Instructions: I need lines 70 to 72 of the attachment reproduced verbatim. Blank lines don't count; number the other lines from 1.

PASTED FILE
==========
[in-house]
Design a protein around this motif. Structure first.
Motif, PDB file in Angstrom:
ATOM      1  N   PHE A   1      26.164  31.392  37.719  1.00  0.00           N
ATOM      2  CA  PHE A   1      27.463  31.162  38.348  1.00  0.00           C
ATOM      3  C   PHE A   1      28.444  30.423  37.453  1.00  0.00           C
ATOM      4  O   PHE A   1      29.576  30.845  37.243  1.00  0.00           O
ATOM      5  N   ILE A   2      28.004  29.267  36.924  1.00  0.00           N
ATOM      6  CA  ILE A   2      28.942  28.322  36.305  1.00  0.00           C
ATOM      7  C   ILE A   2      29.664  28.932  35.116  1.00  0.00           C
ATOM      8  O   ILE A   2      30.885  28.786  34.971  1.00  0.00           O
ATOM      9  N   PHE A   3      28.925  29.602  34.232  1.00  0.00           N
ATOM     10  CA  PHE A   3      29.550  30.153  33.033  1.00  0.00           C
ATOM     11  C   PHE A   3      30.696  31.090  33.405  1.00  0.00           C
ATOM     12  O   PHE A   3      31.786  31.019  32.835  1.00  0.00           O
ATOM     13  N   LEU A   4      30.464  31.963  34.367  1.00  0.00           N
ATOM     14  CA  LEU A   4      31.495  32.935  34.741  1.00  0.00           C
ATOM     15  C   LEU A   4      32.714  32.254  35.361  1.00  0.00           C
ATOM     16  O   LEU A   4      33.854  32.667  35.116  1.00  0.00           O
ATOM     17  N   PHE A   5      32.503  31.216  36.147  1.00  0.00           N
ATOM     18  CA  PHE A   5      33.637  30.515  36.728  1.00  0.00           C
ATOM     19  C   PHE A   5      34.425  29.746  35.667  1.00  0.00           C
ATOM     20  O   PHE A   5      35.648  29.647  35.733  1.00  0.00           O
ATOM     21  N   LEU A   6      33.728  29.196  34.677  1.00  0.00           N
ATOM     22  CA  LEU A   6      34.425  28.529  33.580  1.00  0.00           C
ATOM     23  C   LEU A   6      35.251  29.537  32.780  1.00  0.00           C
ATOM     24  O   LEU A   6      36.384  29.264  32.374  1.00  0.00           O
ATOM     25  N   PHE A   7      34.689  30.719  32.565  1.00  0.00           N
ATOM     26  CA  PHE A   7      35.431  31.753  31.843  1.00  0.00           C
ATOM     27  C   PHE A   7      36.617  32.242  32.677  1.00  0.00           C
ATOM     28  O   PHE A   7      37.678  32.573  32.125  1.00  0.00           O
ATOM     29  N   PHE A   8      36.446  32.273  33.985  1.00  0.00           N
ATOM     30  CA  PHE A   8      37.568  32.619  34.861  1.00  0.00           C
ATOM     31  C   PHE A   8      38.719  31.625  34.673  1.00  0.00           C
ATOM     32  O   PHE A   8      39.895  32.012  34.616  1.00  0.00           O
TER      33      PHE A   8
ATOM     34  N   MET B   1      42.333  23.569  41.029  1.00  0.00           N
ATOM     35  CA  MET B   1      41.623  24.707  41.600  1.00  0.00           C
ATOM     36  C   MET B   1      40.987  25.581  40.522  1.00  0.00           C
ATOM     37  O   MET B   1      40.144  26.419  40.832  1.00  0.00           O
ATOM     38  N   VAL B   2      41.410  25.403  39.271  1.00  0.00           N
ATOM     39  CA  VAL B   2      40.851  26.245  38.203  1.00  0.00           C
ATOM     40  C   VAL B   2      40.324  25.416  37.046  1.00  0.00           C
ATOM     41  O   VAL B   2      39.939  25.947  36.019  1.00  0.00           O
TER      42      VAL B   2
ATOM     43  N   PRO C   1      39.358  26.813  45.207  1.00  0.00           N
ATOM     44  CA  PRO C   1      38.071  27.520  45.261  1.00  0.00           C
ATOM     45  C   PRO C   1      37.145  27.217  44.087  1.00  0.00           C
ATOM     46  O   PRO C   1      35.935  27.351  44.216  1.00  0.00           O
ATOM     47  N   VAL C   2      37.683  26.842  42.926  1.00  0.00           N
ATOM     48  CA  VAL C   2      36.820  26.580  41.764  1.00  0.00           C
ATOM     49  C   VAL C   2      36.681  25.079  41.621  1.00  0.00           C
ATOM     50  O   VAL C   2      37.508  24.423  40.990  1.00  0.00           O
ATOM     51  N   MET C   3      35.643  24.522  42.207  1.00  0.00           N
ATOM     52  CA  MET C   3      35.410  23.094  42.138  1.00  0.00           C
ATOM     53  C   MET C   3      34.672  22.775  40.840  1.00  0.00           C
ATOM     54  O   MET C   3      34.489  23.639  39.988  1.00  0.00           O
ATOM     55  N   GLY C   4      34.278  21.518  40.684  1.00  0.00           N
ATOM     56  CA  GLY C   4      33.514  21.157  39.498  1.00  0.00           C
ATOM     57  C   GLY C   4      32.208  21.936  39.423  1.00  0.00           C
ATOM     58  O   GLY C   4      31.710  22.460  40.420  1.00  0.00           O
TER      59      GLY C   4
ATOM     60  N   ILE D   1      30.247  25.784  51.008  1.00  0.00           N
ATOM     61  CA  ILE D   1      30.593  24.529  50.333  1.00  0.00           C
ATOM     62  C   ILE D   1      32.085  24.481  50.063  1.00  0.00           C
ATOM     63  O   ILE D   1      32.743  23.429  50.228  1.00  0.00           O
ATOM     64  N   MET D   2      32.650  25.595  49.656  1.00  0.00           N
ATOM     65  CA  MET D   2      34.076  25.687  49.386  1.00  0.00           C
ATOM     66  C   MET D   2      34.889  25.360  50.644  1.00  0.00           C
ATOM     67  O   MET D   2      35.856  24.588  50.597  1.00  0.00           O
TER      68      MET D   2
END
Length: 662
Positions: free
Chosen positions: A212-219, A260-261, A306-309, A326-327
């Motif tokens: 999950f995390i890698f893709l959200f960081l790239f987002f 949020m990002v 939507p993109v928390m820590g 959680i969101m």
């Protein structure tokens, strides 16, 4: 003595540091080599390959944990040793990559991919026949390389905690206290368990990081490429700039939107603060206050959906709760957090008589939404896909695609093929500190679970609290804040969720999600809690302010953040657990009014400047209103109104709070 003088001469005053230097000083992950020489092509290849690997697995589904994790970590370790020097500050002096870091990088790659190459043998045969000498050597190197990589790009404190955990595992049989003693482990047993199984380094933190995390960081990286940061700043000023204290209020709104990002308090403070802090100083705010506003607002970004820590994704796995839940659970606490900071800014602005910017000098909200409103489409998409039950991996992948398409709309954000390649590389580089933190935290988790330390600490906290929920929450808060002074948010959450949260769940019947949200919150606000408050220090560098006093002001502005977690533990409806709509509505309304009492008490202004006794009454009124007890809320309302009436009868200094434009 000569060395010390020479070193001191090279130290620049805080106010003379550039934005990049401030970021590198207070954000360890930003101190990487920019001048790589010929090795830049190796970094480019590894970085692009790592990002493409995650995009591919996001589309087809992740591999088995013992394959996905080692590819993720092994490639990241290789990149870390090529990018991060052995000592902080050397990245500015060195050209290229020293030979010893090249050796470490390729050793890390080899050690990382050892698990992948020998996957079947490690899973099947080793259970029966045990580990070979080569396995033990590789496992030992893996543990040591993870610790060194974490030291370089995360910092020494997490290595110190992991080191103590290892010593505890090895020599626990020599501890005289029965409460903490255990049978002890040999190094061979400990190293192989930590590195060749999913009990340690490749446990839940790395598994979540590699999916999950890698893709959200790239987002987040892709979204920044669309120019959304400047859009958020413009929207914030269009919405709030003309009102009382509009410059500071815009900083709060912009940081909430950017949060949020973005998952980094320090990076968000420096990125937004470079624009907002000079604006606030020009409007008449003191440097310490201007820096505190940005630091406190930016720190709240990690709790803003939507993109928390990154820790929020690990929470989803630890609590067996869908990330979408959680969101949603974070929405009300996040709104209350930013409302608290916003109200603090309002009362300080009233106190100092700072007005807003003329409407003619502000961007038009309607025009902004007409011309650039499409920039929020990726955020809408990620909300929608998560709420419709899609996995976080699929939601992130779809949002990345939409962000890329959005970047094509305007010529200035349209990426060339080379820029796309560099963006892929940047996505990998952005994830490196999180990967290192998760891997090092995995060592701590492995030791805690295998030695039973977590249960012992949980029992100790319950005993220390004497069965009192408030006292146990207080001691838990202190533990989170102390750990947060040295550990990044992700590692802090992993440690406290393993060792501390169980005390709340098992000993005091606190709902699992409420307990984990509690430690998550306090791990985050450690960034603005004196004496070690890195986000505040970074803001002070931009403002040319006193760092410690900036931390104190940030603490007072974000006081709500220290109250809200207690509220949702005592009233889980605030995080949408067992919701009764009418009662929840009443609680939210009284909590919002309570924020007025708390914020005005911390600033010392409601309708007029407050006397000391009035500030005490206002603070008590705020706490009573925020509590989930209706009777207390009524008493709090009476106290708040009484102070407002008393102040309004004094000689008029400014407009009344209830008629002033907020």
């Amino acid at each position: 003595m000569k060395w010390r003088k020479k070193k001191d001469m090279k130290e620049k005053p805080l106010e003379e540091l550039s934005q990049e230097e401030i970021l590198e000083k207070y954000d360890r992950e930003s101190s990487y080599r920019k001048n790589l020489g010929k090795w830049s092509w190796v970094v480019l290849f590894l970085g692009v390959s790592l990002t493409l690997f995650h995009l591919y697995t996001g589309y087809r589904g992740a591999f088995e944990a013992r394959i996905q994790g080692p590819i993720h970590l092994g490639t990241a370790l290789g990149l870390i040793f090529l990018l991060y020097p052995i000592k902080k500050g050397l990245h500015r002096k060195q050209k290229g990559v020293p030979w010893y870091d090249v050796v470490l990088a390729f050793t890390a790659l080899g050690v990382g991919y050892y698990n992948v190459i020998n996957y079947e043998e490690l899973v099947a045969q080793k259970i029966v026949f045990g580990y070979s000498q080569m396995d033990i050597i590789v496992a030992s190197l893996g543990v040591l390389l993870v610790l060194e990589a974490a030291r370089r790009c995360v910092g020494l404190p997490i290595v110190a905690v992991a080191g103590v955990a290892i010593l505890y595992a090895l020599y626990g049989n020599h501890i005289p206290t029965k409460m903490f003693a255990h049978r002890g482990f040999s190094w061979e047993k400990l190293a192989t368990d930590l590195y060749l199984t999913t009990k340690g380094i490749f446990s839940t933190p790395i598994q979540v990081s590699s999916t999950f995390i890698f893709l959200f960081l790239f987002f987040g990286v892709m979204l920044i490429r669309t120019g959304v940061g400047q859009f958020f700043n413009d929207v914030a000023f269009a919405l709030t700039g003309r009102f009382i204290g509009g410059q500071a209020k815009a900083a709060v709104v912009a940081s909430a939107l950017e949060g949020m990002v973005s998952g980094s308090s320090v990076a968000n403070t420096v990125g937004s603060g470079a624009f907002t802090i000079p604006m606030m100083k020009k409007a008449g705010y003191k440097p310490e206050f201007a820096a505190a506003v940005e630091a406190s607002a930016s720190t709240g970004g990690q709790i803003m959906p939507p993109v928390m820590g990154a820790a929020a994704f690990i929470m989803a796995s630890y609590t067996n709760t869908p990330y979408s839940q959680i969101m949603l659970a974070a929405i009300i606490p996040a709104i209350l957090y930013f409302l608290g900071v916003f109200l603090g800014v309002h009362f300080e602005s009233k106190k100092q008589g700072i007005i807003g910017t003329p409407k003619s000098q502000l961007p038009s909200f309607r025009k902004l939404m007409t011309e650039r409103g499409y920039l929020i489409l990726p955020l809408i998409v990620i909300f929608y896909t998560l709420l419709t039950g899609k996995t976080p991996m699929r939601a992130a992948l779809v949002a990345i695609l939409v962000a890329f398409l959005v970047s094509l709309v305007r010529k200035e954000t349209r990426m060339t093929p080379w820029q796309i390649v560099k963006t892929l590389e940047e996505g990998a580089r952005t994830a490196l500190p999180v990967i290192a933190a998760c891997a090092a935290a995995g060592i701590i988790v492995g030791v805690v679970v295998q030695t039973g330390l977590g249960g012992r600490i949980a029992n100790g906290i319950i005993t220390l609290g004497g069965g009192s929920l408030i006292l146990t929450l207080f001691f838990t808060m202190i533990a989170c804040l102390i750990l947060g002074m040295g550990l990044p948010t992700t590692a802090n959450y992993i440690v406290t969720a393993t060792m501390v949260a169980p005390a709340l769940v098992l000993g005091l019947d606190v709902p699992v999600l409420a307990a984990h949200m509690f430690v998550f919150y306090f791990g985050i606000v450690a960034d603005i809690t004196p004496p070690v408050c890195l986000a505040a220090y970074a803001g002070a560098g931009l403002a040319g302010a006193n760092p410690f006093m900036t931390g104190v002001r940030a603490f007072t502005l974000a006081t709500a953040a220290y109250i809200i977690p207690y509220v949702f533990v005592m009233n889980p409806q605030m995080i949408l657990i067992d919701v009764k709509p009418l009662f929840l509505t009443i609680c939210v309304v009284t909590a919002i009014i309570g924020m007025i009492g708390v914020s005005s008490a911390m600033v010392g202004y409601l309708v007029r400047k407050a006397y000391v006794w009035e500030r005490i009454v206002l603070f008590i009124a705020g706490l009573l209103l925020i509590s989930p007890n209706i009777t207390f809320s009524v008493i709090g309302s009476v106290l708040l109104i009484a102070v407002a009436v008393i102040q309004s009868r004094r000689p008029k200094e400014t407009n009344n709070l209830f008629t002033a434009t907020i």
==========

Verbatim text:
ATOM     67  O   MET D   2      35.856  24.588  50.597  1.00  0.00           O
TER      68      MET D   2
END